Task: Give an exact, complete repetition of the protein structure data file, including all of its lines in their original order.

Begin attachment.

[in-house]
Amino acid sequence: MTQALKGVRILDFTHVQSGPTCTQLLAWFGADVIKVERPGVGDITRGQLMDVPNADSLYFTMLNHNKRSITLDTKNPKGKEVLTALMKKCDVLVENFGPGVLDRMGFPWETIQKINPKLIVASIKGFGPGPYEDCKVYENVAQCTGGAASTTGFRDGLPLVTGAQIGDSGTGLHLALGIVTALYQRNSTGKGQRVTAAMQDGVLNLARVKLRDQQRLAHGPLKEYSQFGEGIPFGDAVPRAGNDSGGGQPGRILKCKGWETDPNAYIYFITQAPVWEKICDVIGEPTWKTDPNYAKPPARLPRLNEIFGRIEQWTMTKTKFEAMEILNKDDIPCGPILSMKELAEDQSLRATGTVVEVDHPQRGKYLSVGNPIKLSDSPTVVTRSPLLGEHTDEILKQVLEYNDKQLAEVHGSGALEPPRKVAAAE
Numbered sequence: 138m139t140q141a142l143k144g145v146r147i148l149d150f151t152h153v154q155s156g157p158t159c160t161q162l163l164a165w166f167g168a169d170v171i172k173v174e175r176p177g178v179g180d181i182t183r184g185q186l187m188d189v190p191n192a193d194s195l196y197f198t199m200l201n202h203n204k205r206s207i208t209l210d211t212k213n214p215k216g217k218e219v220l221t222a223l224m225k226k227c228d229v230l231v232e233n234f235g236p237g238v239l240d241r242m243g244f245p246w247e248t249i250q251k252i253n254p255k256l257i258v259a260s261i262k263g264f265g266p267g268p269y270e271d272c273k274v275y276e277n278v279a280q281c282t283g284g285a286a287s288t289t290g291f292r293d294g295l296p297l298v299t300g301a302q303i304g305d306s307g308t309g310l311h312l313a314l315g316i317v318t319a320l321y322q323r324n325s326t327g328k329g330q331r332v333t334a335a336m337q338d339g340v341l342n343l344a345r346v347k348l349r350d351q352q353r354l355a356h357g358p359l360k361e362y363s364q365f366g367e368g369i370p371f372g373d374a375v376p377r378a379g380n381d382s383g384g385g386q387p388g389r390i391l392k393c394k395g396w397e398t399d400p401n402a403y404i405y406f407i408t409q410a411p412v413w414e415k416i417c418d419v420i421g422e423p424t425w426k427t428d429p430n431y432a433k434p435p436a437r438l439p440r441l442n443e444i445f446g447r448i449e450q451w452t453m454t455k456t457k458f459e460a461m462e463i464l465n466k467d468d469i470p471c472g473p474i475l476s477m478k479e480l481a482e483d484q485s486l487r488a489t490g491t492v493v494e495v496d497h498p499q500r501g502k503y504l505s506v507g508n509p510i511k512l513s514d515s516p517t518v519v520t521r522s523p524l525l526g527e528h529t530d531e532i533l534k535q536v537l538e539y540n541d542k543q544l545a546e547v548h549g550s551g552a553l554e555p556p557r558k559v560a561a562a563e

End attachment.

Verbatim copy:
[in-house]
Amino acid sequence: MTQALKGVRILDFTHVQSGPTCTQLLAWFGADVIKVERPGVGDITRGQLMDVPNADSLYFTMLNHNKRSITLDTKNPKGKEVLTALMKKCDVLVENFGPGVLDRMGFPWETIQKINPKLIVASIKGFGPGPYEDCKVYENVAQCTGGAASTTGFRDGLPLVTGAQIGDSGTGLHLALGIVTALYQRNSTGKGQRVTAAMQDGVLNLARVKLRDQQRLAHGPLKEYSQFGEGIPFGDAVPRAGNDSGGGQPGRILKCKGWETDPNAYIYFITQAPVWEKICDVIGEPTWKTDPNYAKPPARLPRLNEIFGRIEQWTMTKTKFEAMEILNKDDIPCGPILSMKELAEDQSLRATGTVVEVDHPQRGKYLSVGNPIKLSDSPTVVTRSPLLGEHTDEILKQVLEYNDKQLAEVHGSGALEPPRKVAAAE
Numbered sequence: 138m139t140q141a142l143k144g145v146r147i148l149d150f151t152h153v154q155s156g157p158t159c160t161q162l163l164a165w166f167g168a169d170v171i172k173v174e175r176p177g178v179g180d181i182t183r184g185q186l187m188d189v190p191n192a193d194s195l196y197f198t199m200l201n202h203n204k205r206s207i208t209l210d211t212k213n214p215k216g217k218e219v220l221t222a223l224m225k226k227c228d229v230l231v232e233n234f235g236p237g238v239l240d241r242m243g244f245p246w247e248t249i250q251k252i253n254p255k256l257i258v259a260s261i262k263g264f265g266p267g268p269y270e271d272c273k274v275y276e277n278v279a280q281c282t283g284g285a286a287s288t289t290g291f292r293d294g295l296p297l298v299t300g301a302q303i304g305d306s307g308t309g310l311h312l313a314l315g316i317v318t319a320l321y322q323r324n325s326t327g328k329g330q331r332v333t334a335a336m337q338d339g340v341l342n343l344a345r346v347k348l349r350d351q352q353r354l355a356h357g358p359l360k361e362y363s364q365f366g367e368g369i370p371f372g373d374a375v376p377r378a379g380n381d382s383g384g385g386q387p388g389r390i391l392k393c394k395g396w397e398t399d400p401n402a403y404i405y406f407i408t409q410a411p412v413w414e415k416i417c418d419v420i421g422e423p424t425w426k427t428d429p430n431y432a433k434p435p436a437r438l439p440r441l442n443e444i445f446g447r448i449e450q451w452t453m454t455k456t457k458f459e460a461m462e463i464l465n466k467d468d469i470p471c472g473p474i475l476s477m478k479e480l481a482e483d484q485s486l487r488a489t490g491t492v493v494e495v496d497h498p499q500r501g502k503y504l505s506v507g508n509p510i511k512l513s514d515s516p517t518v519v520t521r522s523p524l525l526g527e528h529t530d531e532i533l534k535q536v537l538e539y540n541d542k543q544l545a546e547v548h549g550s551g552a553l554e555p556p557r558k559v560a561a562a563e